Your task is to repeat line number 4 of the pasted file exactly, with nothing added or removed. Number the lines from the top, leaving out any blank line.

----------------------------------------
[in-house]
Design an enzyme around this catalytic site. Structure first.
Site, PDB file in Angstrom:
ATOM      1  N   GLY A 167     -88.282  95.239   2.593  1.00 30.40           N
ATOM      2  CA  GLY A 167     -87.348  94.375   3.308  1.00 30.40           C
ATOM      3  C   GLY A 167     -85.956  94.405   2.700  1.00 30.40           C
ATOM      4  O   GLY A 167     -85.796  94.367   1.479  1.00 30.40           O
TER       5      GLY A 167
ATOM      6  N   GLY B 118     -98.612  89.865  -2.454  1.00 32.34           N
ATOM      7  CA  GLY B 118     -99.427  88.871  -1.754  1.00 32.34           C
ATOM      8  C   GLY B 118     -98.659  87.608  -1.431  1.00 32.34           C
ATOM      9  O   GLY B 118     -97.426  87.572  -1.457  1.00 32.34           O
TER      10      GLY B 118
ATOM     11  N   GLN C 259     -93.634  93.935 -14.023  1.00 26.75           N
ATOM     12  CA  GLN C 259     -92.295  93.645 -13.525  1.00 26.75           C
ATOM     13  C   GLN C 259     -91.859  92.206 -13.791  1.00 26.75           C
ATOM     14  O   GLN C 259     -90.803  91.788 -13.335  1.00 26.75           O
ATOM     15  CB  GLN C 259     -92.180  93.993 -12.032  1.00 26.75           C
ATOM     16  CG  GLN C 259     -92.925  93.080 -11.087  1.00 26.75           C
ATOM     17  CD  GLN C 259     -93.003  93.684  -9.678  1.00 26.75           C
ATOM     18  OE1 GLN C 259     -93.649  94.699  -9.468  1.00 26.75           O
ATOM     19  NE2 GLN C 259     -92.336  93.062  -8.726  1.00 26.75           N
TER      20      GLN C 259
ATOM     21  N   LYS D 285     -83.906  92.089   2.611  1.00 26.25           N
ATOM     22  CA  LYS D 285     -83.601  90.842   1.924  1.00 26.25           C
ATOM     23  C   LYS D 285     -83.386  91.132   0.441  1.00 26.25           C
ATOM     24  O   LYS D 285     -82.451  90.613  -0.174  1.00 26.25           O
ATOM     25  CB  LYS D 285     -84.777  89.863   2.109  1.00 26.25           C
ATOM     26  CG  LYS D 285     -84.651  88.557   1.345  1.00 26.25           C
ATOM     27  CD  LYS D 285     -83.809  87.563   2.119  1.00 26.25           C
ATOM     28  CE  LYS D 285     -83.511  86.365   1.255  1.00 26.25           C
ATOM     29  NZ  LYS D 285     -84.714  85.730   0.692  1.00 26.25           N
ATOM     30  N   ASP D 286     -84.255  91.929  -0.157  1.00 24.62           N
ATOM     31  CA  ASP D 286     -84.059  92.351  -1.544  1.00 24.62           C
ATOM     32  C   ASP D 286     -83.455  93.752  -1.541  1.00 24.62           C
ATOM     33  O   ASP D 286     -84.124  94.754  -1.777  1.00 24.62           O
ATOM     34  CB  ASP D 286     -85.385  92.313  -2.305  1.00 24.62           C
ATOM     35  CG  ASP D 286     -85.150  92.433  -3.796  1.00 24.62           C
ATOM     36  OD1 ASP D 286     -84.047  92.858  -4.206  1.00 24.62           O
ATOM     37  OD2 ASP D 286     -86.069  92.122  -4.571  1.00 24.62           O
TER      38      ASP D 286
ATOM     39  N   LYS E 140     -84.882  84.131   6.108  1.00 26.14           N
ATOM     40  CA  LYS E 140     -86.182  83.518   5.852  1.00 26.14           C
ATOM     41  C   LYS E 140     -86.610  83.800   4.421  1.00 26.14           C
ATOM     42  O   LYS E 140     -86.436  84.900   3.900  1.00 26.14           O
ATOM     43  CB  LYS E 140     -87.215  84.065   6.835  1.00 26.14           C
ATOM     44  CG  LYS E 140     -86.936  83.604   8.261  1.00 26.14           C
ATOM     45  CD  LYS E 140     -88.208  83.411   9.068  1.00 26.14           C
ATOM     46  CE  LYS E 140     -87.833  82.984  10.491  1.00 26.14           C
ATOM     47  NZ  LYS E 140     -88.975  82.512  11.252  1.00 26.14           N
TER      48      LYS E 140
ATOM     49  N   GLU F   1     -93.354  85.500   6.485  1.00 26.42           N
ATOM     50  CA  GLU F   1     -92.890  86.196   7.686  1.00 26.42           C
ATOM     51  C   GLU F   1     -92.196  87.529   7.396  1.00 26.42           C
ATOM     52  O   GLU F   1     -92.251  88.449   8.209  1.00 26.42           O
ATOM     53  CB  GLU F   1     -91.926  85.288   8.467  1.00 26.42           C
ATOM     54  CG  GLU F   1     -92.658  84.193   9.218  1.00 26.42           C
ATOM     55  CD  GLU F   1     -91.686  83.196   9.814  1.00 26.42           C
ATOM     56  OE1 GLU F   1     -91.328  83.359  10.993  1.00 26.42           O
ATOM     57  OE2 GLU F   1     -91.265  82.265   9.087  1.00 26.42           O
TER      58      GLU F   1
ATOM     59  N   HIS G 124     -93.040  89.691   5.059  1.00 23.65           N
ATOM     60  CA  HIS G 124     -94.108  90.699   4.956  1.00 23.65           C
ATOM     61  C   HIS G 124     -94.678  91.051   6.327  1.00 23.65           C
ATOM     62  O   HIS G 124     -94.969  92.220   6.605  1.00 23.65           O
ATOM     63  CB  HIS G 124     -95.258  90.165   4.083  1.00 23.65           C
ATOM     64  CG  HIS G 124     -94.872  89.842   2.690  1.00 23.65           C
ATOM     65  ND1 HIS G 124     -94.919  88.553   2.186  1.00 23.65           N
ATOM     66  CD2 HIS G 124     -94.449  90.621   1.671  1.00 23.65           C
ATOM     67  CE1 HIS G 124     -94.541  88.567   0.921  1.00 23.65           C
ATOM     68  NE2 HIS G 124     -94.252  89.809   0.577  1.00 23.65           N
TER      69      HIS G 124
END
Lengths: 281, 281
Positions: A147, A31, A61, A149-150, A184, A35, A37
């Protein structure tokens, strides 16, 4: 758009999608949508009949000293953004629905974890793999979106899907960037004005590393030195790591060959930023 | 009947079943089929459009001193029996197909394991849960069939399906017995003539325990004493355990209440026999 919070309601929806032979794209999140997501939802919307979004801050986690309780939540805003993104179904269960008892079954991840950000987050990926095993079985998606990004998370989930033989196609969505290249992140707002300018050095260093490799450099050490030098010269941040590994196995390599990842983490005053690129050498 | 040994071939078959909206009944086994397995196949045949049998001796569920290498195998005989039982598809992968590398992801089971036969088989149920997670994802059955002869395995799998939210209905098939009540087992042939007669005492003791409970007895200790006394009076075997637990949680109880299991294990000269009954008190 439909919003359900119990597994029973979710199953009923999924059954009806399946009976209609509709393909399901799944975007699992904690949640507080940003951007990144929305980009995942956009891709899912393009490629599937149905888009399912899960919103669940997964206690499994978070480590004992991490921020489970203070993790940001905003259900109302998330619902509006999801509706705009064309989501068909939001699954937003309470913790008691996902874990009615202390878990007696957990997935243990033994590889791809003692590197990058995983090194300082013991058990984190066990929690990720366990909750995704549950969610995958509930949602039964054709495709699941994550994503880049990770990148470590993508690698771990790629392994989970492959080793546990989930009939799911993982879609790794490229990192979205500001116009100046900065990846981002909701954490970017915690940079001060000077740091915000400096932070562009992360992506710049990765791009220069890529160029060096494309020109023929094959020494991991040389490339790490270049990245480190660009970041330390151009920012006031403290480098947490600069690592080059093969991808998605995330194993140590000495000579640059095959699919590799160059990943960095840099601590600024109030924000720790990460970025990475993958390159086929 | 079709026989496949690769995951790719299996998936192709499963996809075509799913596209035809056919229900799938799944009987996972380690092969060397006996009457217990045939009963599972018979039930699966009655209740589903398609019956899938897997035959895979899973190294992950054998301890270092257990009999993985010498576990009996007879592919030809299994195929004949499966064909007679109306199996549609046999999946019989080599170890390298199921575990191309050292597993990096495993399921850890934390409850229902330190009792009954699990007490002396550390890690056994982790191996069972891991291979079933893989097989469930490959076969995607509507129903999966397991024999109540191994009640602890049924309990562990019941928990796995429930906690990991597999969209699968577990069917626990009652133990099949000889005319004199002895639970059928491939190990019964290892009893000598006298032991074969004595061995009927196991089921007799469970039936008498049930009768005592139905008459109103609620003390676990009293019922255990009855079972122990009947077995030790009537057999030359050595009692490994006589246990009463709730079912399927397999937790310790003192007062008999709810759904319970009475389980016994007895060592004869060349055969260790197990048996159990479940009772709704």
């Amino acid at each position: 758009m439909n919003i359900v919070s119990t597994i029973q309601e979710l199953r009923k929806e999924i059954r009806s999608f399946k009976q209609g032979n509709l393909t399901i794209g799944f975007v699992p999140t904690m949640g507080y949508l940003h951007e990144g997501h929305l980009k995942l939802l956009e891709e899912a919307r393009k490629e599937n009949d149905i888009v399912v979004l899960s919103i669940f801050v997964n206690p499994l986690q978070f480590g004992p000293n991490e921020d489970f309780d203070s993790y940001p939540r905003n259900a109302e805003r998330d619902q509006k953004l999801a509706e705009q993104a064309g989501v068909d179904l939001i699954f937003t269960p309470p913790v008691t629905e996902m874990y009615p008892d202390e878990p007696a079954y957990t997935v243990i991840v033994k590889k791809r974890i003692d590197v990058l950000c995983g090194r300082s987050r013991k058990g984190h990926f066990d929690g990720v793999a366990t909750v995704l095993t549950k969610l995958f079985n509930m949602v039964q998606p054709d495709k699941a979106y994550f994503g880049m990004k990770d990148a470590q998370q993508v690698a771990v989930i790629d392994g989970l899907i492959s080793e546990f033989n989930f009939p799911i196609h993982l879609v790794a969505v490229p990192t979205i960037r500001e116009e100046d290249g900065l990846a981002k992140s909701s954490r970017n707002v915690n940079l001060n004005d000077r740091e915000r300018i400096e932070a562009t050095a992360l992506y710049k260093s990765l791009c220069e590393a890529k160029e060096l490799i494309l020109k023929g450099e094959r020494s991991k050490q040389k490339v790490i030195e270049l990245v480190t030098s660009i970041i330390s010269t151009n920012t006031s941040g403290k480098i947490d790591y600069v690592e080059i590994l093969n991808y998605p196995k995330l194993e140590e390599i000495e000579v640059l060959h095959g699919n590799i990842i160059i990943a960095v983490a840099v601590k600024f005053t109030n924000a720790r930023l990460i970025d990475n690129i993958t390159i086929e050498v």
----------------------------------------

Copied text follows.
ATOM      1  N   GLY A 167     -88.282  95.239   2.593  1.00 30.40           N